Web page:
For instance, the "classic" demi-glace starts with Espagnole. Espagnole tastes like s**t on its own, and does more than get you half way to an intermediate sauce. Do you really want to go there? Modern interpretations skip the Espagnole, start with stock, and just reduce away -- not only modern, but far less expensive, and probably how your chef does it anyway. In the meantime you need to check out Julia Childs on "semi-demi-glace."

In terms of modern restaurant practice a lot of this stuff is highly theoretical and impractical anyway. If you want to learn how to cook the sort of food that was popular in pre WWII France, your education is incomplete without an exploration of "classical" cuisine. But be aware you're spending a lot of time to learn a bunch of stuff (which I learned and can do), but you'll never use. Besides, a lot of that stuff is not what people want to eat anymore. Nouvelle and California Cuisines taught us to simplify, a lesson that shouldn't be lost.

Plus, of the five meres, you and/or your chef probably already have a solid grounding in four of them: bechamel, veloute, hollandaise/mayonnaise, and tomate. If you're interested in the elaborations, well they're only elaborations. You can do it with a recipe, you don't need a lot of class work. That leaves espagnole. Skip it and learn the semi-demi glace. You'll nail it on the fourth try at the latest.

All of this presumes you know how to use a "French wire" whisk, how to add butter for structure, how to pay attention, and when to use arrowroot instead of corn starch. The rest is mostly just stock and recipes.

BTW, I agree with the "flour" proposition and raise to a whole bunch of thickening agents -- including corn starch, arrowroot, butter, oil, egg, potato starch, tomato paste, and so on. .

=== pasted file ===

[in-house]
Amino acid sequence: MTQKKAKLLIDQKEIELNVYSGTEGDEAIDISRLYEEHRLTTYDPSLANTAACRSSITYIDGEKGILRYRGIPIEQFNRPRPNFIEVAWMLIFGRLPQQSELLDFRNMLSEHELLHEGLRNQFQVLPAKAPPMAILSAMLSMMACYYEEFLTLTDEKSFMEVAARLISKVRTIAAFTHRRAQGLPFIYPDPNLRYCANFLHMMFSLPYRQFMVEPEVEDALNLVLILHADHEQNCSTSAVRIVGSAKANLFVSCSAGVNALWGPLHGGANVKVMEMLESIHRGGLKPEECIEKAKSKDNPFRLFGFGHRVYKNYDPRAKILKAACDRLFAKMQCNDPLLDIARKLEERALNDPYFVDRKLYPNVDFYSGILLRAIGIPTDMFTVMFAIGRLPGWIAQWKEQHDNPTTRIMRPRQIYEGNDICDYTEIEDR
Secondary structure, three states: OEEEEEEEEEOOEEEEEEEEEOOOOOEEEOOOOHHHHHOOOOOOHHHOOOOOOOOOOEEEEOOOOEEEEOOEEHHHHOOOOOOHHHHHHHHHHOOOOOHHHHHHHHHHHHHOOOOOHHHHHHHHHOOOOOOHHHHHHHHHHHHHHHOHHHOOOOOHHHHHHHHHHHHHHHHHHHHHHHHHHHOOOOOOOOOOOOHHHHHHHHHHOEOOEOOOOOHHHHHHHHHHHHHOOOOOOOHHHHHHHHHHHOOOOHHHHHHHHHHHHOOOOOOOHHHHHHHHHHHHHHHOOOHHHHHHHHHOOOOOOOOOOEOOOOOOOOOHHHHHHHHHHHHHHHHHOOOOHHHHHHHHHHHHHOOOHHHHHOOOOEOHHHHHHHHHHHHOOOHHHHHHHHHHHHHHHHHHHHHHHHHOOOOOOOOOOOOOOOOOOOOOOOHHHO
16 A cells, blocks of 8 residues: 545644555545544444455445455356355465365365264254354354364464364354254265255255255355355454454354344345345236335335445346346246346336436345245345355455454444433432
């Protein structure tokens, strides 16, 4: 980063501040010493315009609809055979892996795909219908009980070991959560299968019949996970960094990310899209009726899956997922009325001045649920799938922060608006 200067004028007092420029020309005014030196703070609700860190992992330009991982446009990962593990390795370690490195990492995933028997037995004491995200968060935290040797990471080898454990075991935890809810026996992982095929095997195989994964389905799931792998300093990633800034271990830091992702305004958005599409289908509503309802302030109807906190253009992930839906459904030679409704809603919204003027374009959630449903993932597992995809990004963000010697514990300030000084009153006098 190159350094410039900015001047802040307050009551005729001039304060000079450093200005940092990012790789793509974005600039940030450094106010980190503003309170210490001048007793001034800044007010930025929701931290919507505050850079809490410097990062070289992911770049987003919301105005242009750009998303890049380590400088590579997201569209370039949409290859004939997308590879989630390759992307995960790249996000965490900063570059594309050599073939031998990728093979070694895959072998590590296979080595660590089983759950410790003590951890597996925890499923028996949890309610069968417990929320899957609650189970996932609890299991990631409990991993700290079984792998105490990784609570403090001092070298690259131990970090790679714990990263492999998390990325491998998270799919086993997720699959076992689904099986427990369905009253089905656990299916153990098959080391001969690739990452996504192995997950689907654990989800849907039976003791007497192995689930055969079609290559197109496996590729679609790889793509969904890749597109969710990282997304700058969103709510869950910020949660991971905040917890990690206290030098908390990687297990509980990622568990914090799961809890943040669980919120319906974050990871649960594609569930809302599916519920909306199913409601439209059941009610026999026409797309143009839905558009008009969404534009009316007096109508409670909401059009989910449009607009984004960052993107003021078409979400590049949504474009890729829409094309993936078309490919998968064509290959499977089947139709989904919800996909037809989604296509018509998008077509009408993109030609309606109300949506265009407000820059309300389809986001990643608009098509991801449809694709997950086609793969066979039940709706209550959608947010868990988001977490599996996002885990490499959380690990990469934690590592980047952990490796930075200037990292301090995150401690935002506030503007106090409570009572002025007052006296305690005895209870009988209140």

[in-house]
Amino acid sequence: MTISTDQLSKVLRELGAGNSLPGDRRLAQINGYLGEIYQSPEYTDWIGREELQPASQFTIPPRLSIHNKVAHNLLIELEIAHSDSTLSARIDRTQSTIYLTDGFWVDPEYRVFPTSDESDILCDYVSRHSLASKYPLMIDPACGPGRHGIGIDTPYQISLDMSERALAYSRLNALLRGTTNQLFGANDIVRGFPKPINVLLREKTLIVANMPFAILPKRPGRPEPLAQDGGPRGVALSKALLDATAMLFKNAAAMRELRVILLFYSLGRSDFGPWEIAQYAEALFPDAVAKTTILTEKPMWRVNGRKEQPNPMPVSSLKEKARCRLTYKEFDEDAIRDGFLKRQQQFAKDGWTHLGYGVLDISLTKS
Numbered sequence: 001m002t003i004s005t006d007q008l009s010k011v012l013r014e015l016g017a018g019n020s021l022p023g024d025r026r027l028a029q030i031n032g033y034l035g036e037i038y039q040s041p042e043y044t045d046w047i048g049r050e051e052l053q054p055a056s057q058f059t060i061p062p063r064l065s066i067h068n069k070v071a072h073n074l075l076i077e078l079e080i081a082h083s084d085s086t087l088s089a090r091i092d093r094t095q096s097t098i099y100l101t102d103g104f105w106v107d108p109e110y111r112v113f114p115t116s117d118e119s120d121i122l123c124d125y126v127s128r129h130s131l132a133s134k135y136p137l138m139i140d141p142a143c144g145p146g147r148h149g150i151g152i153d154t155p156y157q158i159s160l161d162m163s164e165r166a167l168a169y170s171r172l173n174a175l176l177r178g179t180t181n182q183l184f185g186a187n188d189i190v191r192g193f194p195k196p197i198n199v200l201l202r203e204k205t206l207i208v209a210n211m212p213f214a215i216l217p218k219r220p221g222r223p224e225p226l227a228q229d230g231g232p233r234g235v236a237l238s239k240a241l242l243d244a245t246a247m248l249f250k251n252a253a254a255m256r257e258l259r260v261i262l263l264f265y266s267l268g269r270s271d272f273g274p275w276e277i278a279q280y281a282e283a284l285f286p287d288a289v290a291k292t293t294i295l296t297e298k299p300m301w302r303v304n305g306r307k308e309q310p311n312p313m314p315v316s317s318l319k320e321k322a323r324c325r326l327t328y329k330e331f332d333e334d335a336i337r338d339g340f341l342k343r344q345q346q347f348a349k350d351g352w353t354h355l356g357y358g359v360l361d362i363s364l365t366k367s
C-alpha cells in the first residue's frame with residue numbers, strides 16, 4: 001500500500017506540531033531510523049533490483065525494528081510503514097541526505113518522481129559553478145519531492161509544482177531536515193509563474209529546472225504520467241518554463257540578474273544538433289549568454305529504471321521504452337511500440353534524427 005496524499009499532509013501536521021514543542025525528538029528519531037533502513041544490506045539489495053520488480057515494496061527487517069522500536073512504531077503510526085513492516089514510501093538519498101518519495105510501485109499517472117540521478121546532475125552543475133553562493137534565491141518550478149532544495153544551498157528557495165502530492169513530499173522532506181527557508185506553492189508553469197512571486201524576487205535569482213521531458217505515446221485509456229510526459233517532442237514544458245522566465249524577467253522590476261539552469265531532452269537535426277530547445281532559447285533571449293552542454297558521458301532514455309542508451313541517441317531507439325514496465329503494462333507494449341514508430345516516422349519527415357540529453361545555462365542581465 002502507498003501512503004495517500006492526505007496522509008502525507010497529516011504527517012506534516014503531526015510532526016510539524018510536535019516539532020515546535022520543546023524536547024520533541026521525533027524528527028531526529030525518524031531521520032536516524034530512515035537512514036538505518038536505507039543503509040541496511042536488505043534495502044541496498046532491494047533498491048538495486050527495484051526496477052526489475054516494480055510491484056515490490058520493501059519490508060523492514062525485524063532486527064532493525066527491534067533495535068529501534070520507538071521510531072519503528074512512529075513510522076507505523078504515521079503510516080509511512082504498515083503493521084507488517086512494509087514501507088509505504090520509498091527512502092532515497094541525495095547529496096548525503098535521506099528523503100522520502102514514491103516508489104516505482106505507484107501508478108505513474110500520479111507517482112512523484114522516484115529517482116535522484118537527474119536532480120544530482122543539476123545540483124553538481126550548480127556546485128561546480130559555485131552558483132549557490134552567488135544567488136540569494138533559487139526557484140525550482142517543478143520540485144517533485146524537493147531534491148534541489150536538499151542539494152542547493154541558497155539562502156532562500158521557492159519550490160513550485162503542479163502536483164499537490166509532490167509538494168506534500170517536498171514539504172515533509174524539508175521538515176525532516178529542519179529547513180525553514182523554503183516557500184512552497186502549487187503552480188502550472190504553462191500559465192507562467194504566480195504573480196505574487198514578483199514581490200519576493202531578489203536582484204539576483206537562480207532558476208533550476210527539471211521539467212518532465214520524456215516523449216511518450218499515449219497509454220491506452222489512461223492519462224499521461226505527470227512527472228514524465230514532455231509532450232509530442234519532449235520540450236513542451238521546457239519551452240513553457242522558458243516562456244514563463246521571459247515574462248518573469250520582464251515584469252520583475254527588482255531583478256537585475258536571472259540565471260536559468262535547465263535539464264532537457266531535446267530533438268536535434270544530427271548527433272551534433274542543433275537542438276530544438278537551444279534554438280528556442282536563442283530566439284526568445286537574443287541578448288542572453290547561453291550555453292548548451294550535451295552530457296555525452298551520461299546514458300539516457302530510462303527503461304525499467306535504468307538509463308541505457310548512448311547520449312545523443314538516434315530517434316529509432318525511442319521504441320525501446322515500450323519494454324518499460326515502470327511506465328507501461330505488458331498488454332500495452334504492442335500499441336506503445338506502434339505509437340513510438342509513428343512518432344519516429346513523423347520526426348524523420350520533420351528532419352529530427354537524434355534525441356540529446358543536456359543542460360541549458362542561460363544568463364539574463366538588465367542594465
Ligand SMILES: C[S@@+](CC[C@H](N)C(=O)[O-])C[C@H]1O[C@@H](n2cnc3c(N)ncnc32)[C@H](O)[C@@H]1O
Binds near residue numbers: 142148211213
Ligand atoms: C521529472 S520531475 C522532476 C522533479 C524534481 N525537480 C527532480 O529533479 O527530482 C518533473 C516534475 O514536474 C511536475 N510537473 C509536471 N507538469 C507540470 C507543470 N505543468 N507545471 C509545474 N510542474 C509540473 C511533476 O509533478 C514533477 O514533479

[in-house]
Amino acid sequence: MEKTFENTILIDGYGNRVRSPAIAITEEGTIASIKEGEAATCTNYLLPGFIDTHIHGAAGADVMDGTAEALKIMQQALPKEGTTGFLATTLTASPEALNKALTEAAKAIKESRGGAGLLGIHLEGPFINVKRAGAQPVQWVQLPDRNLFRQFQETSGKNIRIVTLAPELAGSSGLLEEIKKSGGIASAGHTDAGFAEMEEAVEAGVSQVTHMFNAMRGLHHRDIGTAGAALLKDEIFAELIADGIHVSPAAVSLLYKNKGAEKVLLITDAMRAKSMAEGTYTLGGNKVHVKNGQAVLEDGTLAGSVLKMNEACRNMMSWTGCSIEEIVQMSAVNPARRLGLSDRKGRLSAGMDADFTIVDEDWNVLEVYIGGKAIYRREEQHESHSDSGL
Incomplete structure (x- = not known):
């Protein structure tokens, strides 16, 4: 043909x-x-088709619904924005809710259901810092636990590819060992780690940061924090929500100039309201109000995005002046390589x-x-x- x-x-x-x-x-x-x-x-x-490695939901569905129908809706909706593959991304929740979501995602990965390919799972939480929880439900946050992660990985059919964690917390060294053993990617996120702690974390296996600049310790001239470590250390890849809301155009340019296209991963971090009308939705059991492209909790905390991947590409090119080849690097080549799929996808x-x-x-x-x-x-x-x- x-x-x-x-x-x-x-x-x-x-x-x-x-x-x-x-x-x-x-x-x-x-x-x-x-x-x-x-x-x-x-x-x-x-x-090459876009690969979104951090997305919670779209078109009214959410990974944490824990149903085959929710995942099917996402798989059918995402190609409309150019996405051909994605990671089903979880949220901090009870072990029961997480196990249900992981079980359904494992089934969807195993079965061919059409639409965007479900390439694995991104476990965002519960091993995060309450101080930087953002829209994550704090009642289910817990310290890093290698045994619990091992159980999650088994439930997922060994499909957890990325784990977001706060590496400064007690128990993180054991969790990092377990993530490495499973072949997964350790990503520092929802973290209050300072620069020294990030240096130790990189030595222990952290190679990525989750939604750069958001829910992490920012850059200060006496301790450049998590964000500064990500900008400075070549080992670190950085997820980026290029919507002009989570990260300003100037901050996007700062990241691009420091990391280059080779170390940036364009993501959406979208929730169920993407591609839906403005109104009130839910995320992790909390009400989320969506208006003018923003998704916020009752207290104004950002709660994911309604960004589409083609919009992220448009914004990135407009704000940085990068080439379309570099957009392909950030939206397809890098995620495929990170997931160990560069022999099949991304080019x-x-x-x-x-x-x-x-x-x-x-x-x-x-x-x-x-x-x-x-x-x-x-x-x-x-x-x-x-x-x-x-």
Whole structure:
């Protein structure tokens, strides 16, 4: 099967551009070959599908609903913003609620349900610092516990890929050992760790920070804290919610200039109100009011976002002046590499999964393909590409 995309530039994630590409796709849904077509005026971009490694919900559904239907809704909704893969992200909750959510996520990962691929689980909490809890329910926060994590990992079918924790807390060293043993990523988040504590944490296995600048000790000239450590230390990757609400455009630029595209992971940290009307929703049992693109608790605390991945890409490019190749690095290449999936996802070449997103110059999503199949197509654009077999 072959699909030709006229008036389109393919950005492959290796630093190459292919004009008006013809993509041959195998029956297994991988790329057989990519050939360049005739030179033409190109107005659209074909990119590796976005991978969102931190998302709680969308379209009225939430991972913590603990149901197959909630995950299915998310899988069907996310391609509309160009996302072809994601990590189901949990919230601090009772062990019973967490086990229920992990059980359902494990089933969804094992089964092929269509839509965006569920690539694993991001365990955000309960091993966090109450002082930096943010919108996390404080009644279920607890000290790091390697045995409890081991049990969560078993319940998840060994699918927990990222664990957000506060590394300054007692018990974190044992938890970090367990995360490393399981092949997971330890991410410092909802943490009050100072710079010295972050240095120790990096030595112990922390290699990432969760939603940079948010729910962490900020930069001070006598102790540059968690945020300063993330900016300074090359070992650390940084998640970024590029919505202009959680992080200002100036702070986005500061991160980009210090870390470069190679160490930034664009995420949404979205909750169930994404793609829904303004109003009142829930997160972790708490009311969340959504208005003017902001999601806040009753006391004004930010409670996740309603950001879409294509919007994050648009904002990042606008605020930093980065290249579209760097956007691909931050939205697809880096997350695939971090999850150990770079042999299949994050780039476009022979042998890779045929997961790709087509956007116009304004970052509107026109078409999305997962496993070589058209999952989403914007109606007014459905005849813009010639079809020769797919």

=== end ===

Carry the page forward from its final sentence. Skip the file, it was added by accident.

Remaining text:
post #13 of 17
Get yourself some whites, put on an apron, and tell the chef you want to learn. If he's worth what you're paying him, he'll teach you.
"Hunger is the best pickle." -- Benjamin Franklin, Poor Richard's Almanac
"Hunger is the best pickle." -- Benjamin Franklin, Poor Richard's Almanac
post #14 of 17
I can't offer too much advice, but one thing that I know is harder than it looks is making perfect cuts. I think we all can do a rough dice, a rough julienne, etc. But try to make perfect squared dice--it is much harder than it seems. Until I saw my chef do it (and do it quickly) I thought a dice was just making squarish cuts. I didn't realize that perfect cubes were possibly when done by a great chef.

Lets not also forget that a julienne also has specific measurements (not just very thin slices). Symetrical rounds. Batonnets. Chifonades. Etc. By practicing your cuts, you will also make a lot of mise en place to then use in making your stocks. Which you can then use to make your sauces with. etc.

So from my POV, start with cuts. :bounce:
post #15 of 17
I am in a very similar situation to you, only difference is, I don't have a chef to learn from, I am completely on my own. I have learned from books, TV and of course the internet. It really depends on what style of cooking you do, the size of your kitchen and in which direction you want to go. Learning is the easy part, putting it into practise is much harder, especially if you are busy. Everything you do must be tailored to suit your business and it's facilities. If you have the means and the desire then go for it.